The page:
Monsoon moisture moving into the San Juans today….

National Weather Service ~ Grand Junction, Colo.

Deep monsoon moisture poised to the south over Arizona and New
Mexico is shown to creep northward beneath the ridge and over the
Four Corners region beginning today. Precipitable water values
will approach the 1 inch mark along the border of southeast Utah
and southwest Colorado late this afternoon. Elevated moisture will
feed increased shower and thunderstorm activity over the San Juan
La Sal, and Abajo mountains with more isolated activity over the
central and northern mountains. Initial storms will be high based
as the sub-cloud layer will be dry at the outset producing outflow
wind gusts to 35 to 40 MPH. However, storm characteristics will
change later in the day and into the evening as moisture works
downward causing some storms to generate localized heavy rain.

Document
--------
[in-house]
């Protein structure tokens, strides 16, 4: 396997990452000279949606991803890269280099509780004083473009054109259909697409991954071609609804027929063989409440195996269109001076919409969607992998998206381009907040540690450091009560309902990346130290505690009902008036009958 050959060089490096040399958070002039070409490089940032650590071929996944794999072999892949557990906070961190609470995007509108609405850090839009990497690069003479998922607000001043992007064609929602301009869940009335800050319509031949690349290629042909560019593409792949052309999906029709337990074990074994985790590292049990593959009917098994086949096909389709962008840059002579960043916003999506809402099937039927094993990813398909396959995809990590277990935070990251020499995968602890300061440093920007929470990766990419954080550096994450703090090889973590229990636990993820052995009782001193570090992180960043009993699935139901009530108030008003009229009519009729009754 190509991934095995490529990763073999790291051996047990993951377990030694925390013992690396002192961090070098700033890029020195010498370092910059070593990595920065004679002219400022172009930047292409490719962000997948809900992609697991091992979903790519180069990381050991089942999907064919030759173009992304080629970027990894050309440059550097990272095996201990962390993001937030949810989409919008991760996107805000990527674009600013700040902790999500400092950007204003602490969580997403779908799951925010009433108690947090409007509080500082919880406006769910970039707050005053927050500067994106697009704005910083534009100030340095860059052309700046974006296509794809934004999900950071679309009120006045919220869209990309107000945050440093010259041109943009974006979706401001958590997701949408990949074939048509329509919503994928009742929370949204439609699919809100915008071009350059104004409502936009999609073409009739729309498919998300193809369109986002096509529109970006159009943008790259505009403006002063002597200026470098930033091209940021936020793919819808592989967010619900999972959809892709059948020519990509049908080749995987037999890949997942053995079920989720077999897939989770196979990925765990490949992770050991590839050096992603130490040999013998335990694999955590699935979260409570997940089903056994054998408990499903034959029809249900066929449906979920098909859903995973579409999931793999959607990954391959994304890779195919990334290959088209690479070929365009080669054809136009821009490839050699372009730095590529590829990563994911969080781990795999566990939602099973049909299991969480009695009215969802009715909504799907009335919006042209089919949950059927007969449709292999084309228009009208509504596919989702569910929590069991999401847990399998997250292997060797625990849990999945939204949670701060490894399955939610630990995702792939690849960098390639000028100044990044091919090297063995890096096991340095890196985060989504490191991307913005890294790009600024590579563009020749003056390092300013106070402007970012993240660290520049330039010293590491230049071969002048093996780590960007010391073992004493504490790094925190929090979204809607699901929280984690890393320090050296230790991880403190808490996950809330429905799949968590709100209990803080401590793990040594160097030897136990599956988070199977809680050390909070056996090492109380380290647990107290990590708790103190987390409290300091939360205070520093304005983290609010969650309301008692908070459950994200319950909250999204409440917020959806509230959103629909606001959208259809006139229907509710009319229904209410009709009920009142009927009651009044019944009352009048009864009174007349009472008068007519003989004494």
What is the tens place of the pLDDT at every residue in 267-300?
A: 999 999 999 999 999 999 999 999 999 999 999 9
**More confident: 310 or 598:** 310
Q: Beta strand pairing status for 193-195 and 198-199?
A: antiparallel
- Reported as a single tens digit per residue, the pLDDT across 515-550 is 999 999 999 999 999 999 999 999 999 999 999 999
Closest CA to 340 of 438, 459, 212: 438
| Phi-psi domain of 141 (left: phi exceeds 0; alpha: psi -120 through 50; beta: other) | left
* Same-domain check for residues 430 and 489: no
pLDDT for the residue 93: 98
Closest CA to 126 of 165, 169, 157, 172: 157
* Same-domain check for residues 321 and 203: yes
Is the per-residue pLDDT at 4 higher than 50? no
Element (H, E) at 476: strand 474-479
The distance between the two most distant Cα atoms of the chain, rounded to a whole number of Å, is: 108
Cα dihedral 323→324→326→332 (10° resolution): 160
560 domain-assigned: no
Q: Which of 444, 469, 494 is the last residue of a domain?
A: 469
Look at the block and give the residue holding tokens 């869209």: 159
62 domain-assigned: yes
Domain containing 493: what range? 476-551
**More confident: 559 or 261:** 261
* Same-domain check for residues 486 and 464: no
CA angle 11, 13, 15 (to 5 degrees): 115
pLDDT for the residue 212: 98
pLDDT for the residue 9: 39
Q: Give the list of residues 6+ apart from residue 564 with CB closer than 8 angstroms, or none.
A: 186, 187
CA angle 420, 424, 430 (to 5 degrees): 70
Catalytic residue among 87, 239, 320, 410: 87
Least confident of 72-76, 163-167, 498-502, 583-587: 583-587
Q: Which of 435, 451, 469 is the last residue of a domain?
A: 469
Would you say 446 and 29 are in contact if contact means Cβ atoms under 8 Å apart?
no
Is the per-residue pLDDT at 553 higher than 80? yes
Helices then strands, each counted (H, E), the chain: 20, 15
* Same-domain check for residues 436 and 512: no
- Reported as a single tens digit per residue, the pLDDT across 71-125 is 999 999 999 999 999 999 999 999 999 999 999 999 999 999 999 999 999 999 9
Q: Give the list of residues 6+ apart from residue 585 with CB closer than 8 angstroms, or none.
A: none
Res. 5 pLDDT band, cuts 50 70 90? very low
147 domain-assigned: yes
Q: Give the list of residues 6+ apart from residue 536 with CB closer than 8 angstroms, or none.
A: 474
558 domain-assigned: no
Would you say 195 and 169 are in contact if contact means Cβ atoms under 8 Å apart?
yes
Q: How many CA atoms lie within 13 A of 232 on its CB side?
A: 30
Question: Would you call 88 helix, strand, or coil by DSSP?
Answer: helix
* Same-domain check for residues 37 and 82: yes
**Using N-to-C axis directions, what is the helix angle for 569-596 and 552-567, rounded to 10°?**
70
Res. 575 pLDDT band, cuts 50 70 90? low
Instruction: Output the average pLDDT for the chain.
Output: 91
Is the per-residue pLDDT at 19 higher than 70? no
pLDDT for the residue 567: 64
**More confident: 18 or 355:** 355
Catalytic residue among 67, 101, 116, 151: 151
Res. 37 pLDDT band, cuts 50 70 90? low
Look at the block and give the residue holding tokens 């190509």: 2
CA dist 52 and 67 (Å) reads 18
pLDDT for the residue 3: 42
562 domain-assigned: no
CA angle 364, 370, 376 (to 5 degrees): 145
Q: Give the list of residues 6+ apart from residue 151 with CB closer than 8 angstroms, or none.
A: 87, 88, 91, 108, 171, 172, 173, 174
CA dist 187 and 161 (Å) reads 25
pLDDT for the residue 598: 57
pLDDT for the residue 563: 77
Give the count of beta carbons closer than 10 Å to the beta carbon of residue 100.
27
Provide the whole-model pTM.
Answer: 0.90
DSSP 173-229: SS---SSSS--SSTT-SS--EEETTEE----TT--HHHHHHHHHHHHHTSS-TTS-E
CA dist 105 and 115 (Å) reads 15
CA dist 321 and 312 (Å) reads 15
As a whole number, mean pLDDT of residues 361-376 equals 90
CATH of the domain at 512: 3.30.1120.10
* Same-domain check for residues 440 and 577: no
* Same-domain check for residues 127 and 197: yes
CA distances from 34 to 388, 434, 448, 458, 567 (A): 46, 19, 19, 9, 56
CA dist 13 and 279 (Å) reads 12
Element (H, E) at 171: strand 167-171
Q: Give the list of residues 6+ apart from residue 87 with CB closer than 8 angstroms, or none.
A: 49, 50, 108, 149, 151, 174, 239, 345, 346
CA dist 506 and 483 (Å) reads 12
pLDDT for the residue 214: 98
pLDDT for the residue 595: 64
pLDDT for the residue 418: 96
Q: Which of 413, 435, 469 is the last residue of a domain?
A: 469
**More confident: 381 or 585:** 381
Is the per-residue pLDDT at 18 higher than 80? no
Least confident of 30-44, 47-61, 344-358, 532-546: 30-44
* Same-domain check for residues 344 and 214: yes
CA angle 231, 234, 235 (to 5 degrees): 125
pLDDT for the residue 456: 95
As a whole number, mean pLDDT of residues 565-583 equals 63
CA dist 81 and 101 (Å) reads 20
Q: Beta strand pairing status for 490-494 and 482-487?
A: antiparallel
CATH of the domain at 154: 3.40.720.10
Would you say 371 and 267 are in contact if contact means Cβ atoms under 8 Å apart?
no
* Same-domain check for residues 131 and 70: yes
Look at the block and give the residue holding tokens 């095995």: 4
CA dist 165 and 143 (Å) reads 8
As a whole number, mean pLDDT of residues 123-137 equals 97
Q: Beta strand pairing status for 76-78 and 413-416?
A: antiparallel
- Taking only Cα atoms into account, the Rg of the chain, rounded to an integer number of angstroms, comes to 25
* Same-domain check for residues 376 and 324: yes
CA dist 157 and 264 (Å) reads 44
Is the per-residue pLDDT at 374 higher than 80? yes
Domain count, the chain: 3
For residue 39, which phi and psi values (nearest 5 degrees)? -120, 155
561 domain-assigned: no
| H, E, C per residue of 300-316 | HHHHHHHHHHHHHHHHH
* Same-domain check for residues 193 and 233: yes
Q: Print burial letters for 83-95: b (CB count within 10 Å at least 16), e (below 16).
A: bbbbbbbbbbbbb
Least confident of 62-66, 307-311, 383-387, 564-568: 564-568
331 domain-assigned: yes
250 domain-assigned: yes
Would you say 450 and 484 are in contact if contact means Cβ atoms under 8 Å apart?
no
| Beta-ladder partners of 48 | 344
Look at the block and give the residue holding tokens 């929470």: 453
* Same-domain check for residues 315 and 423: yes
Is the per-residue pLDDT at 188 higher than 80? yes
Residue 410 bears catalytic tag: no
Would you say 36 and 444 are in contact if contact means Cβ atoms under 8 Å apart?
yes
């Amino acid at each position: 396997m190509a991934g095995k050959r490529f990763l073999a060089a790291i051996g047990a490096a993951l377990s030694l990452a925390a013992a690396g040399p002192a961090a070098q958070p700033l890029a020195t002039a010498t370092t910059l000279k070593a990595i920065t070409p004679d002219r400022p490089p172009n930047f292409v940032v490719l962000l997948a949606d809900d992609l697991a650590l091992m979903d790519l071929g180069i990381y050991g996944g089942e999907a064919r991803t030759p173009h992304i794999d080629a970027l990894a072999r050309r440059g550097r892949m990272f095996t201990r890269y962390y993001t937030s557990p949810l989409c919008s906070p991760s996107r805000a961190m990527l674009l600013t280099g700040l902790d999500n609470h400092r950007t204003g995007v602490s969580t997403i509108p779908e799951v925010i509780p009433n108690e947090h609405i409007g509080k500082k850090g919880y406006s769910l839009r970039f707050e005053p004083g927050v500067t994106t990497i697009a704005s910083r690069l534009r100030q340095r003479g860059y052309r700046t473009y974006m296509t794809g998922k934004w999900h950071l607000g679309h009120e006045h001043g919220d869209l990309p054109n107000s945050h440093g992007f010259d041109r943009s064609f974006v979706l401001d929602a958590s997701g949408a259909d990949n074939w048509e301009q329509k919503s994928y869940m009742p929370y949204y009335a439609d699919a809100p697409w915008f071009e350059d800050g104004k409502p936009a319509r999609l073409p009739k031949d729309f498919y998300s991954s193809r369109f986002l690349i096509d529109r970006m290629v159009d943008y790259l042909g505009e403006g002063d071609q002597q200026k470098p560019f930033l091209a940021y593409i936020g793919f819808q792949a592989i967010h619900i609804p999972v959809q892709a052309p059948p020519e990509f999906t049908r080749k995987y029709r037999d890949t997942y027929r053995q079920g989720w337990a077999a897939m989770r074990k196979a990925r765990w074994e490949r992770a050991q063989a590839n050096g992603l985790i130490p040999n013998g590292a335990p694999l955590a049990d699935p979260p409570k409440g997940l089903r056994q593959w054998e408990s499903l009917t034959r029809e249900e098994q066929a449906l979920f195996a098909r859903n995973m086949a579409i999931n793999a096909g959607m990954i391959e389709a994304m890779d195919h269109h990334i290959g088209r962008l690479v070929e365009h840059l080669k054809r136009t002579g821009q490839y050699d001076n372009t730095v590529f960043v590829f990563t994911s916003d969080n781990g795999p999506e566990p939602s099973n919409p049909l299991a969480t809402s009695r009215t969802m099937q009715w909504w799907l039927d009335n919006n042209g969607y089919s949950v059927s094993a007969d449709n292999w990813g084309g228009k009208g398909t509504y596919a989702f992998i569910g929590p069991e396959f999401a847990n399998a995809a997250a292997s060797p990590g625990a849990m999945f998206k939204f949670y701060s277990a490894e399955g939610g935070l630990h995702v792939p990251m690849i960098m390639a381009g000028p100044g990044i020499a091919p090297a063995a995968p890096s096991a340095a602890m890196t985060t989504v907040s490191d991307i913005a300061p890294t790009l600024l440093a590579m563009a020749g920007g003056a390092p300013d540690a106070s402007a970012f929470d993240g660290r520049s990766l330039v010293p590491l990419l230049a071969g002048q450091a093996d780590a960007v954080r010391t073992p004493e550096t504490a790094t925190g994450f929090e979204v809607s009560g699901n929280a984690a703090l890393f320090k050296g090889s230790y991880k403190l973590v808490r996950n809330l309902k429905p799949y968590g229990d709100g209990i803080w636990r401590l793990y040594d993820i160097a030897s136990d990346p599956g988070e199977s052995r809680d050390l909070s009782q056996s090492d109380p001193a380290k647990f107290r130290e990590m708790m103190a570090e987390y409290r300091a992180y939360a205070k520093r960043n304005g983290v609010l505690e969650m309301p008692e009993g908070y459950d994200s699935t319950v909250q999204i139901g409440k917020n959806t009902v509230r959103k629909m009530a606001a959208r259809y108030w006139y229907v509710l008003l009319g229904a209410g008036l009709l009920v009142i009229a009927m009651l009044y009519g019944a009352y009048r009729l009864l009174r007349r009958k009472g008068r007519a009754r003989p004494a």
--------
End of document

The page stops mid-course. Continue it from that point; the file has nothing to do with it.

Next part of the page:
Though higher terrain will be favored, some storms will drift over
adjacent valleys from late afternoon into the evening.

Diurnal cooling will cause moist convection to decrease late in
the evening with just a few showers lingering later in the night.
However, it appears the forecast area will see a sharp uptick in
thunderstorm activity Wednesday as an inverted trough now over the
Las Vegas area swings north, then eastward around the periphery
of the high pressure center. Models indicated this sheared
disturbance will arrive over the area around peak heating which,
when combined with deepening moisture, should bring scattered to
numerous showers and thunderstorms to much of the area.

LONG TERM…(Wednesday night through Monday)

Wednesday night storm and shower coverage will remain high

as sheared dynamics has increased moisture to work with. In fact,
this may be the most active period with precip water values
approaching 1.25 inches in east-central Utah along with dynamical
support. Gusty storm-produced winds may become widespread over the
southern and central zones. Boundary interaction should keep
storms going into and through Thursday.

Friday, deep moisture remains in place but upper-level forcing is
lacking so scattered storms and showers will form mainly with and
beyond afternoon heating.

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